I observed mankind and saw that everyone had an object of love and infatuation which he loved and with which he was infatuated. Some of what was loved accompanied him up to the sickness of death and some to the graveside. Then all went back and left him solitary and alone and not one of them entered his grave with him. So I thought and said, the best of what one loves is what will enter one’s grave and be a friend to one in it. And I found it to be nothing but good deeds. So I took them as the object of my love, to be a light for me in my grave, to be a friend to me in it and not leave me alone.
The paradigm is that of the divine-prophetic relationship, often construed as a struggle, a paradigm in which God has sent prophets to lead human-kind to him, for therein lies the good life, the moral life. Our journey is caught between obedience and disobedience, where sorrow and affliction are as present as joy and pleasure. Both are intertwined throughout the course of our lives, but the end is a new beginning with God. It is this new beginning which is understood not so much in terms of salvation but falah, a reaching of a certain state. It is in this journey that suffering is also a test of our relationships, our faith our loyalties and our certainties.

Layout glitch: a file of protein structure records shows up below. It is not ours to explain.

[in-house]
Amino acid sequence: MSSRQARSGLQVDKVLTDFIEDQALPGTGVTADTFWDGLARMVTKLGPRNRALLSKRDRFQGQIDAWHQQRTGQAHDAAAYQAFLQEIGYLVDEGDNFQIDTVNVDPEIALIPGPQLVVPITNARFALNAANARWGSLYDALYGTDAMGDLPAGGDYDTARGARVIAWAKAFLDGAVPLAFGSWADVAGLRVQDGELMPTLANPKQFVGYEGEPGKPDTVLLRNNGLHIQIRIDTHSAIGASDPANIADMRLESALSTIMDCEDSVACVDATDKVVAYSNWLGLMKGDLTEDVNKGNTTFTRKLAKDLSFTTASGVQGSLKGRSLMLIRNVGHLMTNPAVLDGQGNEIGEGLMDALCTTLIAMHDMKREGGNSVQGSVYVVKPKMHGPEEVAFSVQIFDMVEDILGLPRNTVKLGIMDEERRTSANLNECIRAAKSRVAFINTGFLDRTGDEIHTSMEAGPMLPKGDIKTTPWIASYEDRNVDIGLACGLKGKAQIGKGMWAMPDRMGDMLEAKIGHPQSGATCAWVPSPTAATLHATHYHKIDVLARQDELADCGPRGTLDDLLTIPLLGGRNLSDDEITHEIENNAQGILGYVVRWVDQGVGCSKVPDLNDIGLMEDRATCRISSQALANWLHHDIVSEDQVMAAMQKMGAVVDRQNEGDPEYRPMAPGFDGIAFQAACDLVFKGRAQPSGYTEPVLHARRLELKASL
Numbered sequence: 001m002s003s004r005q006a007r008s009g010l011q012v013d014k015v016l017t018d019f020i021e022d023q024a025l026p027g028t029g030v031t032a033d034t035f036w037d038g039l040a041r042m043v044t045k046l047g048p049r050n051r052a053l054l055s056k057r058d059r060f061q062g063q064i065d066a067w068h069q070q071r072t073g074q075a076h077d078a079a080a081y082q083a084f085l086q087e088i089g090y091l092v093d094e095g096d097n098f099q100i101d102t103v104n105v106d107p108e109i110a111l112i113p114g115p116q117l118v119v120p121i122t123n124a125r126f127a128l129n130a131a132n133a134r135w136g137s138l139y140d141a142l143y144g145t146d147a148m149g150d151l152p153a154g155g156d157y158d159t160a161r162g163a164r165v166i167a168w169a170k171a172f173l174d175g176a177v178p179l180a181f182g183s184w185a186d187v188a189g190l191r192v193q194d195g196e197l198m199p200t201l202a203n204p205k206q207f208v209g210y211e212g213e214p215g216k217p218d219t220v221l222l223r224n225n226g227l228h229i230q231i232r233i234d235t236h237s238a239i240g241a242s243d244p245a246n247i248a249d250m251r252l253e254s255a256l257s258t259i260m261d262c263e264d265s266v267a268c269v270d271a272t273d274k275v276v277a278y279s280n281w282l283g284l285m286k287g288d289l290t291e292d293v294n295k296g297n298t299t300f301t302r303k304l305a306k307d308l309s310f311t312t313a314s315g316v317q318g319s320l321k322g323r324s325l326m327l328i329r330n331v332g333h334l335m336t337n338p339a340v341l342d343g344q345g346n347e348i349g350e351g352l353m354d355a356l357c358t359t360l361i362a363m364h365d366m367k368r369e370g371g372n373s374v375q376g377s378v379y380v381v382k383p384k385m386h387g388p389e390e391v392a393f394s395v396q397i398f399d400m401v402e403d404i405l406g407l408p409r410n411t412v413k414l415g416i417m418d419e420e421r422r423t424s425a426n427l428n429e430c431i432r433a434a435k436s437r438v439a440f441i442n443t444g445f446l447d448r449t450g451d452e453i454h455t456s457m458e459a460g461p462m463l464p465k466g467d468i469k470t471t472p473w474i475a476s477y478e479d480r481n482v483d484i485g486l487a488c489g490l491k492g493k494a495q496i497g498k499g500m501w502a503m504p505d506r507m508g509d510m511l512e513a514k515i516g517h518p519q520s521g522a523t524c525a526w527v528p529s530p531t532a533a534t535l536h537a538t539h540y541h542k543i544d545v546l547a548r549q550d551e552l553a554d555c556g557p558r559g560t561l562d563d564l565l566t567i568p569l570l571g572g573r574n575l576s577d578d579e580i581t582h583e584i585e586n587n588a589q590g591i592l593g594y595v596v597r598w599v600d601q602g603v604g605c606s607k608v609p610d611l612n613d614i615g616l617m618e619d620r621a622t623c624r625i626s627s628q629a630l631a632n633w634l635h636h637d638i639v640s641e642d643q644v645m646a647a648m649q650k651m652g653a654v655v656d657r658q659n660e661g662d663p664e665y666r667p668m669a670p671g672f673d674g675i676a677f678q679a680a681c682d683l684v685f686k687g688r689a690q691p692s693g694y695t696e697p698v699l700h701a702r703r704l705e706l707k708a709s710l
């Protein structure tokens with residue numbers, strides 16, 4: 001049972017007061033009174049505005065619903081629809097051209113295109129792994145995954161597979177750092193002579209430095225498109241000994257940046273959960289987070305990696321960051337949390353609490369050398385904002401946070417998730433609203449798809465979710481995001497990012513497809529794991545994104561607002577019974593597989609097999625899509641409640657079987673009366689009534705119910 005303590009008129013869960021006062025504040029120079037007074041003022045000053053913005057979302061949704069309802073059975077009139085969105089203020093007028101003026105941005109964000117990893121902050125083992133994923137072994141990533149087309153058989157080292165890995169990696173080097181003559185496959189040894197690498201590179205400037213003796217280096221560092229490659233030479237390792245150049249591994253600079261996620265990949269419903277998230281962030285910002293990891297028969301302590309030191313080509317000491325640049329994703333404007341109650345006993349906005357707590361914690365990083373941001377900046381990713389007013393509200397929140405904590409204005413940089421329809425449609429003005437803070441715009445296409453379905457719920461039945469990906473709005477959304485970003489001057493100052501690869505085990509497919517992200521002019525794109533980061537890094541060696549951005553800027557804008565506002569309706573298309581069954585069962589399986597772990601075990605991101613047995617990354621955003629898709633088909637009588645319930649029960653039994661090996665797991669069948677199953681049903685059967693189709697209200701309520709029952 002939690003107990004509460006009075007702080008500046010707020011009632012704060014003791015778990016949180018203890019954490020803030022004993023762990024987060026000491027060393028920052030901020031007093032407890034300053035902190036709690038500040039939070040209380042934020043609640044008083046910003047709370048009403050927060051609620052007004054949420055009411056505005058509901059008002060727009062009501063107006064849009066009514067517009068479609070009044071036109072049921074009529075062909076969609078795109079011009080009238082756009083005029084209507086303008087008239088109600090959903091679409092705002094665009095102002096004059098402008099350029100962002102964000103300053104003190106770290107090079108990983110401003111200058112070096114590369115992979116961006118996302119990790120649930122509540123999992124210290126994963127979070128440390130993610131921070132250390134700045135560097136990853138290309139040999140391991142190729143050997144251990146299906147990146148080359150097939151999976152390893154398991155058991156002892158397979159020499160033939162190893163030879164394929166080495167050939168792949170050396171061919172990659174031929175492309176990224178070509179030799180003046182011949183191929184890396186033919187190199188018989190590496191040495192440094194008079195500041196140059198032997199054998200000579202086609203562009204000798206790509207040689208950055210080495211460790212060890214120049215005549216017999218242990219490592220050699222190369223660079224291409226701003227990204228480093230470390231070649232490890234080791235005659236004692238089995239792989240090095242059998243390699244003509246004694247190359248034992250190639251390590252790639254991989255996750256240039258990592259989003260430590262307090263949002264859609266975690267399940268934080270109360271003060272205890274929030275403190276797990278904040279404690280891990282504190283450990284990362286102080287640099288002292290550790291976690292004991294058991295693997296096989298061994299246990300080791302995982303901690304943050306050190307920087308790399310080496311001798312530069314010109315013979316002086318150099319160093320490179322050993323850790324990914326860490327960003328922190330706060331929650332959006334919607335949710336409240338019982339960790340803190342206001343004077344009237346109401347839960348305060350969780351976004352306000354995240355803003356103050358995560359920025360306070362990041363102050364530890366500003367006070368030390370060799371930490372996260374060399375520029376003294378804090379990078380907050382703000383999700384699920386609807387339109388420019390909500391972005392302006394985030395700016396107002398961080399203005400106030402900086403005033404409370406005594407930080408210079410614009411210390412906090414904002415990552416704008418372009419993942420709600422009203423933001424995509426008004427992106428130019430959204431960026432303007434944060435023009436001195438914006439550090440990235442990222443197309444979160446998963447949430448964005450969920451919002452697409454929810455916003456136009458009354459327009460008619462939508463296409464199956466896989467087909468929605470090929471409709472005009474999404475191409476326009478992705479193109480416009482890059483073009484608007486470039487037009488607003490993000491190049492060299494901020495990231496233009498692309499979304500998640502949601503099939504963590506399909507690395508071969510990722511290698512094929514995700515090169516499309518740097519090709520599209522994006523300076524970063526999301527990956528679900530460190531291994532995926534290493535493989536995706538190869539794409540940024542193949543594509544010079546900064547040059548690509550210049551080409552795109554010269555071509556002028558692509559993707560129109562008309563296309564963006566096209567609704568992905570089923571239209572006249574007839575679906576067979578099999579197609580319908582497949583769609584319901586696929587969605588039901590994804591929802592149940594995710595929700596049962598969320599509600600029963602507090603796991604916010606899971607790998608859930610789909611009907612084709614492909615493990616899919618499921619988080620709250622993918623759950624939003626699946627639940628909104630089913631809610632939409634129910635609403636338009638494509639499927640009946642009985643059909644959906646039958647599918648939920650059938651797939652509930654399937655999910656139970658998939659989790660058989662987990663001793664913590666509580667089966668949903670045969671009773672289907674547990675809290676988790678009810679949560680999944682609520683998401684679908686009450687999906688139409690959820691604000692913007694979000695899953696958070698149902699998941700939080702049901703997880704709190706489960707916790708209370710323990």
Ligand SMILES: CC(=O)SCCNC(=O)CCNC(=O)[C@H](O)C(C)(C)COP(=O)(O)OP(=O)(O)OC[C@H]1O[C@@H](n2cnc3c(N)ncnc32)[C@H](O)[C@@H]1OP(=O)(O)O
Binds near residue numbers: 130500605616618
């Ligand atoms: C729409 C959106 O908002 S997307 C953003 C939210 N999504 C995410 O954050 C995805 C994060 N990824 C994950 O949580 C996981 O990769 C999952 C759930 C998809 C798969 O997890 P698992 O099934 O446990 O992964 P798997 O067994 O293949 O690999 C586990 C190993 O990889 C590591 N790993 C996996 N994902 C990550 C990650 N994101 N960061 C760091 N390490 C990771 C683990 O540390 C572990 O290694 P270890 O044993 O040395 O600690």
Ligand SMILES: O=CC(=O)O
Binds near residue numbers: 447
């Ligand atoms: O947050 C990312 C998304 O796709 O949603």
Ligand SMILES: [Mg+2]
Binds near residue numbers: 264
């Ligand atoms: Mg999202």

Thus, throughout Islamic thought, one cannot escape from the fundamental human condition that the life worth living is meant to be difficult and that human suffering is unavoidable. Suffering is often understood as a divine test, as a divine purpose, but it must not lead to fatalism, but rather to trust in God, a wrestling with God. It is about awakening within us the meaning of faith itself and whether our relationship with God is defined by hope or by despair. One could argue that suffering is not about being a victim and that it does not have to diminish us. Thus, suffering becomes synonymous with being human, but also with living in the hope that no pain is forever. This can create a philosophical ambivalence and it was expressed movingly by a giant of 20th century German poetry, Rainer Maria Rilke, in his uncollected poems: